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York Region, experts say poop, not case counts, now the way to track COVID-19

With testing limited, public health turning to wastewater surveillance to more accurately track pandemic

Since we can no longer trust COVID-19 case counts, options such as wastewater indicators have taken on new importance in tracking and forecasting pandemic trends, according to York Region Public Health and other experts.

York Region medical officer of health Dr. Barry Pakes said case counts have become less reliable given the transmissibility of the omicron variant and provincial restrictions on testing. He said earlier in January that confirmed cases might represent only one-fifth of the total in the region

Instead, Pakes said the region’s wastewater indicators are now the more reliable way to track trends into the future, without drawing on lagging indicators like hospitalizations.

“Unless you go to 100 times the testing capacity, there's just no way you’re able to keep up with omicron. It’s a universal problem,” Pakes said. “We have had for some time a wastewater surveillance program, which is very interesting, a very helpful tool. You look in the sewage, and you see what COVID is there."

York Region has used wastewater testing since last spring and other health units have also implemented it. Virus samples are separated and isolated from wastewater using chemical separations, with municipal staff regularly sending samples for analysis. The data is included in the region’s COVID data dashboard and is updated every second week.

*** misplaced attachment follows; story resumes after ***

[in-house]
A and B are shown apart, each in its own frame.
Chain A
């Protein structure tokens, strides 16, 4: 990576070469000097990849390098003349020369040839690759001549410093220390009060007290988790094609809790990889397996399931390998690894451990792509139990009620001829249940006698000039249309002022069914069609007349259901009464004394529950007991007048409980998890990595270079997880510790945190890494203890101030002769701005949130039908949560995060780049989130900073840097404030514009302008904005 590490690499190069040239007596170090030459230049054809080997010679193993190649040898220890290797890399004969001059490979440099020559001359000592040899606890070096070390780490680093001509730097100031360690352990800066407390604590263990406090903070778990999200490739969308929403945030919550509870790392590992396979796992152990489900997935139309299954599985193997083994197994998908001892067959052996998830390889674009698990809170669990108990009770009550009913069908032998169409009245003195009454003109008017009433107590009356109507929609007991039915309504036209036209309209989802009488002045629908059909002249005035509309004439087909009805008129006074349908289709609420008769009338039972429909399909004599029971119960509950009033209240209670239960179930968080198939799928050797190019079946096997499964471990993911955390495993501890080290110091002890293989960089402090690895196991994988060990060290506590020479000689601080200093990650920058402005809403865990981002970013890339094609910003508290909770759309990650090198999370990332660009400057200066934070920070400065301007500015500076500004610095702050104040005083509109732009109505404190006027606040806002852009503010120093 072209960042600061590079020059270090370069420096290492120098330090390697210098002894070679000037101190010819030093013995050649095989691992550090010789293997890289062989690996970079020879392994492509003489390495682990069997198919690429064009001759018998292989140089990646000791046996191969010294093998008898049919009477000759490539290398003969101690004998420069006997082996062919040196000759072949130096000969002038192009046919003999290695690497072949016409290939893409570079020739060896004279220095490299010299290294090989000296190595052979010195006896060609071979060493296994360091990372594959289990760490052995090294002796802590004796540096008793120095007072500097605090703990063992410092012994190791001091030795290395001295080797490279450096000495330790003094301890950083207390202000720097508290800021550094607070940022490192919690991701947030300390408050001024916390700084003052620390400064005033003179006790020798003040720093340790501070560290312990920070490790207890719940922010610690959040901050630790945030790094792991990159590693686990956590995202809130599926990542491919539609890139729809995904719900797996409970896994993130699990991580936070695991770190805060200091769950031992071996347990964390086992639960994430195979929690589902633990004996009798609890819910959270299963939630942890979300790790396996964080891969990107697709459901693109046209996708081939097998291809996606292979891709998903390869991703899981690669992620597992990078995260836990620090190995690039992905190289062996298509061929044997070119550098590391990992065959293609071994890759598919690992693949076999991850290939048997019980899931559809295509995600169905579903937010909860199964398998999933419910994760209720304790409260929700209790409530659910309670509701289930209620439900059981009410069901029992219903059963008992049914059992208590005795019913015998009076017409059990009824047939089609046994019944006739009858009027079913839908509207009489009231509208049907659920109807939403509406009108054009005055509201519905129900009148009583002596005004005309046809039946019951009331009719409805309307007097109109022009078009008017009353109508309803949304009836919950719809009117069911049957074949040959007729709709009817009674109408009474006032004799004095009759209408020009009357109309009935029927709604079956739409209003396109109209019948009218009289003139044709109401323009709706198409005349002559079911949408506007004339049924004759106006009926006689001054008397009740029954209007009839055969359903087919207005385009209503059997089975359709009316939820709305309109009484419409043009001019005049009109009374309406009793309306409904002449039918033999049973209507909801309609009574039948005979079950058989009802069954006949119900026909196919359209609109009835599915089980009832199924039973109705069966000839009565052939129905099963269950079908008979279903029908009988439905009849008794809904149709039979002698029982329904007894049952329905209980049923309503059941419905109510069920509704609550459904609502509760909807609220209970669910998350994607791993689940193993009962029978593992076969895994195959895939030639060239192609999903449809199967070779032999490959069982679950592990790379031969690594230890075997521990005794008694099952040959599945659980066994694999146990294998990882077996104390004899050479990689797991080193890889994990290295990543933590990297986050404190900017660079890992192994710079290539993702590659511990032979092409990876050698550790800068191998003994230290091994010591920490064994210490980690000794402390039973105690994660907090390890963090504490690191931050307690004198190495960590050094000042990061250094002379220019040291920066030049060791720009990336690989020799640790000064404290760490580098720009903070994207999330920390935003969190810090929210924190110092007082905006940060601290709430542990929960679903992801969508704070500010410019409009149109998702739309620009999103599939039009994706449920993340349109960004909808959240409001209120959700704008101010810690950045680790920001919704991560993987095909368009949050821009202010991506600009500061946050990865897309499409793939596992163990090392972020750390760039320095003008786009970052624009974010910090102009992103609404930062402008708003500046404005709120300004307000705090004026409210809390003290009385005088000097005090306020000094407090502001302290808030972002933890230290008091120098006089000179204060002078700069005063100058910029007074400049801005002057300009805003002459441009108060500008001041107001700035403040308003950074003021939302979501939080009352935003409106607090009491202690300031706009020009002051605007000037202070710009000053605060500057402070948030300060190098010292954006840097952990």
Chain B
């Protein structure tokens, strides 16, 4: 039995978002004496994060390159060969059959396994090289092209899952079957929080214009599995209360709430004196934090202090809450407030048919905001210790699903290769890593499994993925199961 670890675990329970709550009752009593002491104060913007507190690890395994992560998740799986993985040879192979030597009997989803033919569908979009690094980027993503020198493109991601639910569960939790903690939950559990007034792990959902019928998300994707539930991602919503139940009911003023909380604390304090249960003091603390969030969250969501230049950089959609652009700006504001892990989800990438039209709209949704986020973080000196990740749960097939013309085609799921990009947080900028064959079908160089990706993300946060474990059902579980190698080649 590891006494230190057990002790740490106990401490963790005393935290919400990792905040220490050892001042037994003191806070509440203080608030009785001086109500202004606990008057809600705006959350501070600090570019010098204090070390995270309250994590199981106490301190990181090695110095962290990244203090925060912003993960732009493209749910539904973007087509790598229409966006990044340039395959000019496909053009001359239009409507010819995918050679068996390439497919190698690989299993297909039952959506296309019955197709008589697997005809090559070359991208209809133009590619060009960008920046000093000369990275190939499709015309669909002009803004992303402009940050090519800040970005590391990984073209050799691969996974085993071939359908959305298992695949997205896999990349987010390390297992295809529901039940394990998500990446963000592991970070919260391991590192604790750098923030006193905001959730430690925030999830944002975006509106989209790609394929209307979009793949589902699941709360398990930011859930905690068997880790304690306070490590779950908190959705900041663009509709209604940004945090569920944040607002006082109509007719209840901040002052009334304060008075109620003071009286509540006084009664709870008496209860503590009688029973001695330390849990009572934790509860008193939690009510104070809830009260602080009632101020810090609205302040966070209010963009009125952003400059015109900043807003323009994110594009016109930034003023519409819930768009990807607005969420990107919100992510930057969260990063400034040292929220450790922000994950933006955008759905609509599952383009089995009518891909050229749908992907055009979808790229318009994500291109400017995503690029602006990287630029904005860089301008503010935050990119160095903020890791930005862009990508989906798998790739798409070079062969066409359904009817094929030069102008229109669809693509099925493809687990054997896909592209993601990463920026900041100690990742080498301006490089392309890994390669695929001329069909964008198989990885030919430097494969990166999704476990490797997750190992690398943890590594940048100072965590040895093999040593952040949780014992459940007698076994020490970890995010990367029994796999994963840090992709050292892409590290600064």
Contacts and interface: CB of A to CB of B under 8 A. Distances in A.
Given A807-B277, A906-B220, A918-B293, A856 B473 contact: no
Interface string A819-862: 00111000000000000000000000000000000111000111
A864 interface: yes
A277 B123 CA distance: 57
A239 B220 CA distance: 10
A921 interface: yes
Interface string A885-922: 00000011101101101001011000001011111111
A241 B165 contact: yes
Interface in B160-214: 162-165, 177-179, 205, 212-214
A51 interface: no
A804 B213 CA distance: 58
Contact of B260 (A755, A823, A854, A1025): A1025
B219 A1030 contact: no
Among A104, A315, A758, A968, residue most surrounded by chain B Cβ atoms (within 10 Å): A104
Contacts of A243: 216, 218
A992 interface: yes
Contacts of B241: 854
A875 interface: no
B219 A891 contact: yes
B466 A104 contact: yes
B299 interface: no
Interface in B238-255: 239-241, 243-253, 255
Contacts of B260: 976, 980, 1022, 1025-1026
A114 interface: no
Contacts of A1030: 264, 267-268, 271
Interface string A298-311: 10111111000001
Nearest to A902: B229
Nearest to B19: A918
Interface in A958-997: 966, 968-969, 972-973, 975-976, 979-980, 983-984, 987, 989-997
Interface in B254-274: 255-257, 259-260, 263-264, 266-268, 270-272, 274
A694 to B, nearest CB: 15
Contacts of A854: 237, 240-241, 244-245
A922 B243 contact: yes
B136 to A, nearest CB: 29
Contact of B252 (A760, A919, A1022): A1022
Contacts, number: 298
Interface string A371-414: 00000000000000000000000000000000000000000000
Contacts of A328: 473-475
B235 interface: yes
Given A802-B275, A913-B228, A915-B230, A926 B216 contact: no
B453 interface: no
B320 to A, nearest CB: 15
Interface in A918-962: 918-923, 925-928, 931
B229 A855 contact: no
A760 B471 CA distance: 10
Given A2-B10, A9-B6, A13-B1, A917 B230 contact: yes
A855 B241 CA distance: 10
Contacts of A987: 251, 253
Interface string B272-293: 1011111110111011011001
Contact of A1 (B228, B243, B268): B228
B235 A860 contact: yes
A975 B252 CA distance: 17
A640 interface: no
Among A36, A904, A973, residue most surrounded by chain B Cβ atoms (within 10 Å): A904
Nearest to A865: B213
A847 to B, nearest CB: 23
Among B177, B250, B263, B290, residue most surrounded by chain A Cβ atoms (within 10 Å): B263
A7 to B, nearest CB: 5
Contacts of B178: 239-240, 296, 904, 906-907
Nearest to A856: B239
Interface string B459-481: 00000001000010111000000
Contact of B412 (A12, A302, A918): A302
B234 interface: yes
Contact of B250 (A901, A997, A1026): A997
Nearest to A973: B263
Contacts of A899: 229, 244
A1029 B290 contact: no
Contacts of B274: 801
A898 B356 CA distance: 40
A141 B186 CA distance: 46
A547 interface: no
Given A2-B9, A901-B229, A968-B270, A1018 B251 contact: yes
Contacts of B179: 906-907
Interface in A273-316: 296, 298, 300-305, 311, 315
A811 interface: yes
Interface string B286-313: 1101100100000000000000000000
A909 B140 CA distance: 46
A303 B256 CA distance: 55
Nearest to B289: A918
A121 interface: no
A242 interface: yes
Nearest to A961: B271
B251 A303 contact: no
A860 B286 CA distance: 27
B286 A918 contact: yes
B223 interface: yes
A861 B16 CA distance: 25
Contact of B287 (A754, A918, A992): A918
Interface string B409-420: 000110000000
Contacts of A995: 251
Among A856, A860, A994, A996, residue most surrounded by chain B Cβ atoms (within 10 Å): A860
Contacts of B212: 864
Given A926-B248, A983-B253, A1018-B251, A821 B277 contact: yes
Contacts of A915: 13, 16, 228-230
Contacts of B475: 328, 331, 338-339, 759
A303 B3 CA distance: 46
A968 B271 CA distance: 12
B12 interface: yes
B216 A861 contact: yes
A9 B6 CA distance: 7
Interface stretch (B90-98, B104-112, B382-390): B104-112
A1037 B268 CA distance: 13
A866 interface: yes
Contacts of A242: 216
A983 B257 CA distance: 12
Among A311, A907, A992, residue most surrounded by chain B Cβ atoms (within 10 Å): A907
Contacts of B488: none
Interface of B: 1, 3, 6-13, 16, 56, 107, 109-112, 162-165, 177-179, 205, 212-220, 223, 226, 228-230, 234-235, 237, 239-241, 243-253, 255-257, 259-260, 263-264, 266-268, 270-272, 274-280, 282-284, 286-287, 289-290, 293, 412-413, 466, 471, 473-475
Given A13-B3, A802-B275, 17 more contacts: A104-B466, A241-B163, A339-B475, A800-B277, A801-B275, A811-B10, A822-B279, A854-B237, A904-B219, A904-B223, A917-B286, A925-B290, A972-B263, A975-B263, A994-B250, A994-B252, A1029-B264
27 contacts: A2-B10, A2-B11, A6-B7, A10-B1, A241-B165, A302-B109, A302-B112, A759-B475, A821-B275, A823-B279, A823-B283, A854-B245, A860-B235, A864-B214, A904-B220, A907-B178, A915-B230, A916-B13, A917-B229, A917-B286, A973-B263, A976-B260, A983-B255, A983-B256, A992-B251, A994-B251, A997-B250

York University distinguished research professor and modelling expert Jianhong Wu said, for now, case counts are “garbage” as data. He said he expects the Ontario Science Table will soon put wastewater data at the forefront, and media should be more willing to adopt it in reporting. 

“There is a very strong correlation between the wastewater testing and the cases,” he said. 

Hospitalizations, ICU admissions, and deaths are another way to track the course of the pandemic, Pakes said. Although they do lag behind other measures, Pakes said omicron has reduced the lag to a degree, and it is important to track those indicators.

“Those things are really important for us at public health to understand where we are at,” he said.

Other measures like the reproductive number, Rt — how fast the disease spread —and test positivity are also at fault given the spread of omicron, Pakes said.

“Because our case numbers are not an accurate reflection of what’s going on in the community," Pakes said, "the Rt is really not a useful tool right now." 

Wu said other statistics such as hospitalizations could be used estimate Rt, though that does pose an issue with lag. 

With modelling data having to shift, Wu said there is good reason to go back to re-examine the models the province is using to improve and establish better benchmarks. But he added that pandemic pace has not left much room for that.

“We are always trying to move forward to react to the change,” he said.

Pakes said the peak of this pandemic wave should come sometime in mid to late January, before hospitalizations and other measures start to fall again.

But they are preparing for several different scenarios, as it is dependent on the virus behaving as expected, he added. In the meantime, public health will continue to rely on restrictions and get as many people vaccinated as possible. 

“We are hoping a peak will happen soon. Hoping for the best, very much preparing for the worst,” he said.